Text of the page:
Rep. Don Bacon (R-Nebraska) introduced the Kerrie Orozco First Responders Family Support Act (H.R. 6580) on July 26, 2018 with a bipartisan group of eight co-sponsors. The bill would permit a surviving spouse, child or parent of a U.S. citizen first responder who died as a result of their service to be eligible to immediately apply for naturalization.
The House of Representatives passed the bill on September 25, 2018 by voice vote. The Senate received the bill on September 26, 2018 and referred it to the Committee on the Judiciary, where it awaits a vote.
Who qualifies as a first responder?
- Under the bill, “first responder” means federal, state or local government fire, law enforcement and/or emergency response personnel.
What does the bill do?
- The bill would permit a surviving spouse, child or parent of a U.S. citizen first responder who died as a result of an injury or disease incurred or aggravated by their employment as a first responder to naturalize without having to meet the five-year continuous residence and 30-month physical presence requirements for naturalization, which most applicants have to meet.
- The bill requires that the surviving spouse, child or parent still meet the following standard requirements for naturalization:
- Be age 18 or older at the time of filing (though a child younger than 18 may naturalize as a derivative if his or her parent naturalizes);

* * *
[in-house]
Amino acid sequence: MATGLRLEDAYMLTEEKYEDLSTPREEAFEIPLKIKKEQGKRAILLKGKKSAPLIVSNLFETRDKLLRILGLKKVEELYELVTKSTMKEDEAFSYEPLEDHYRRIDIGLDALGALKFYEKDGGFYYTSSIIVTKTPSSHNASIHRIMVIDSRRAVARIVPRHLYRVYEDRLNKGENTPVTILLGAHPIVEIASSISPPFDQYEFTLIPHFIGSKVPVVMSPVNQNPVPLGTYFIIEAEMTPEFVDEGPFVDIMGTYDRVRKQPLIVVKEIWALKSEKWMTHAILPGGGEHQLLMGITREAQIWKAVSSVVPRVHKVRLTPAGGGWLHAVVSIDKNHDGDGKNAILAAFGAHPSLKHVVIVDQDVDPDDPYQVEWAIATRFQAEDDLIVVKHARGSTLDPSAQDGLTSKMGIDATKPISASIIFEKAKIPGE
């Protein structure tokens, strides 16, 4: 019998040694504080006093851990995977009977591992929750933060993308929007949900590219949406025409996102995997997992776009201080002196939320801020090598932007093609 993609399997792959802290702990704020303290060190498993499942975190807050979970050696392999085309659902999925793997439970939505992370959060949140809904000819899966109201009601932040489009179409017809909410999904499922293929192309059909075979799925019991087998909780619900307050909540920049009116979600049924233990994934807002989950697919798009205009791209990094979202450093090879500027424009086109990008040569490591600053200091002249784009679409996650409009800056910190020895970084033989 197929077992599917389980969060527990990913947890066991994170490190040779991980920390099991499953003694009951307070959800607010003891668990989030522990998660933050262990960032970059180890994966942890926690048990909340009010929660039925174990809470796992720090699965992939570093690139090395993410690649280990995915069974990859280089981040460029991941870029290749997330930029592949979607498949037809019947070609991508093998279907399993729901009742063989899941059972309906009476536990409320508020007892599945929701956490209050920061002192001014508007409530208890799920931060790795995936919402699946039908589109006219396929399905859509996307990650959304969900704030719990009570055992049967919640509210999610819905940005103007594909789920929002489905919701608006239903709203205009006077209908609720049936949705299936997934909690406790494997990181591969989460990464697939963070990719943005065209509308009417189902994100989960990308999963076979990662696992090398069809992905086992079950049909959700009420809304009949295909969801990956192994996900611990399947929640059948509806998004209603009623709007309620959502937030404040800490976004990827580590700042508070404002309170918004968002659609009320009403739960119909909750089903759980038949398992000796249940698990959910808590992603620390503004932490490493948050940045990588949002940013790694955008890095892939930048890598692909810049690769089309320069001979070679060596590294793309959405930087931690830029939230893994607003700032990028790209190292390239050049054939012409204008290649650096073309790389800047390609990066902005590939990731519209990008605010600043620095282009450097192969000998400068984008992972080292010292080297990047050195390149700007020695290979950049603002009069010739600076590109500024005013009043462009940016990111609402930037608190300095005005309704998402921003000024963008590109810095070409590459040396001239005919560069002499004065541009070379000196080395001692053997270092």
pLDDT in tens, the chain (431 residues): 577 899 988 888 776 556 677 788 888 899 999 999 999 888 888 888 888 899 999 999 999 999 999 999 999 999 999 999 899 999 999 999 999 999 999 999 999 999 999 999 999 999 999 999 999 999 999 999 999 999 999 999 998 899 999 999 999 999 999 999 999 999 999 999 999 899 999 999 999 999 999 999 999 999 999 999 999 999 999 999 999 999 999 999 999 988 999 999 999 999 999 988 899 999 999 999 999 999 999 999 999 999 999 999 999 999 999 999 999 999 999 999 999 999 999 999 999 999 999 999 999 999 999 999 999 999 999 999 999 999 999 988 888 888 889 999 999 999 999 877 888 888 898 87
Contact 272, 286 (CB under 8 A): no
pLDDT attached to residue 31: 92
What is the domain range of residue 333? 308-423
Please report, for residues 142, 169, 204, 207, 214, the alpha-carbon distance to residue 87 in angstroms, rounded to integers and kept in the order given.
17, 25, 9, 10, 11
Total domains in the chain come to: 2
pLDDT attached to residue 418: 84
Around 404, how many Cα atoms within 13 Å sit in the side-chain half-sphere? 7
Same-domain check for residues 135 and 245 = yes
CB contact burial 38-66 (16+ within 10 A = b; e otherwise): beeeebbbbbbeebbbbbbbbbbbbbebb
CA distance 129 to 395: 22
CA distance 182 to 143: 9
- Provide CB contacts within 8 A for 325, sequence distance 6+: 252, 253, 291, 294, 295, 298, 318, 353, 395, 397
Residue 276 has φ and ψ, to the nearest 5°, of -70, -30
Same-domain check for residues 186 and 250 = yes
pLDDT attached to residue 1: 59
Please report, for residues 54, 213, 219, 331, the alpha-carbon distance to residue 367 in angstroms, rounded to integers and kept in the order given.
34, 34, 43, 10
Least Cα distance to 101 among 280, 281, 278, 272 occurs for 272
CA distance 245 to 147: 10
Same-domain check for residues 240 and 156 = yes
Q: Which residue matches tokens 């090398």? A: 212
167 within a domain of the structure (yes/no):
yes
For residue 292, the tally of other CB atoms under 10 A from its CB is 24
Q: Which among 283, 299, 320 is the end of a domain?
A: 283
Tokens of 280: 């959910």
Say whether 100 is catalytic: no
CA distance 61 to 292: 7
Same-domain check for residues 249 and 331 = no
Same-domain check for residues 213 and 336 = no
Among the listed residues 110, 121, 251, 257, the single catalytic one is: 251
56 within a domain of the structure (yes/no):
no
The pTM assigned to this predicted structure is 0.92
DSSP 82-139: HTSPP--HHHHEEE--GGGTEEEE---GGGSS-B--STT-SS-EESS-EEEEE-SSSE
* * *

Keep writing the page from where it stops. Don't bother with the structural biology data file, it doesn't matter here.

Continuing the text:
- Be a lawful permanent resident (“Green Card” holder);
- Be able to read, write, and speak basic English, and have an understanding of U.S. history and American civics;
- Be a person of good moral character; and
- Demonstrate an attachment to the principles and ideals of the U.S. Constitution.
- A surviving spouse must have been living in marital union with the U.S. citizen first responder spouse at the time of the first responder spouse’s death.
Why is the bill a good idea?
- Immigration law should recognize the sacrifice that families of first responders make when a spouse, parent or child dies in service to his or her community. Patterned after legal provisions that allow members of Gold Star Families to quickly naturalize after the death of active-duty family members killed in military service, the Kerrie Orozco Act would provide an opportunity for family members of first responders who die in service to the community to naturalize more quickly. The Kerrie Orozco Act is an important, commonsense effort to aid the families of those who sacrifice their lives to keep us safe.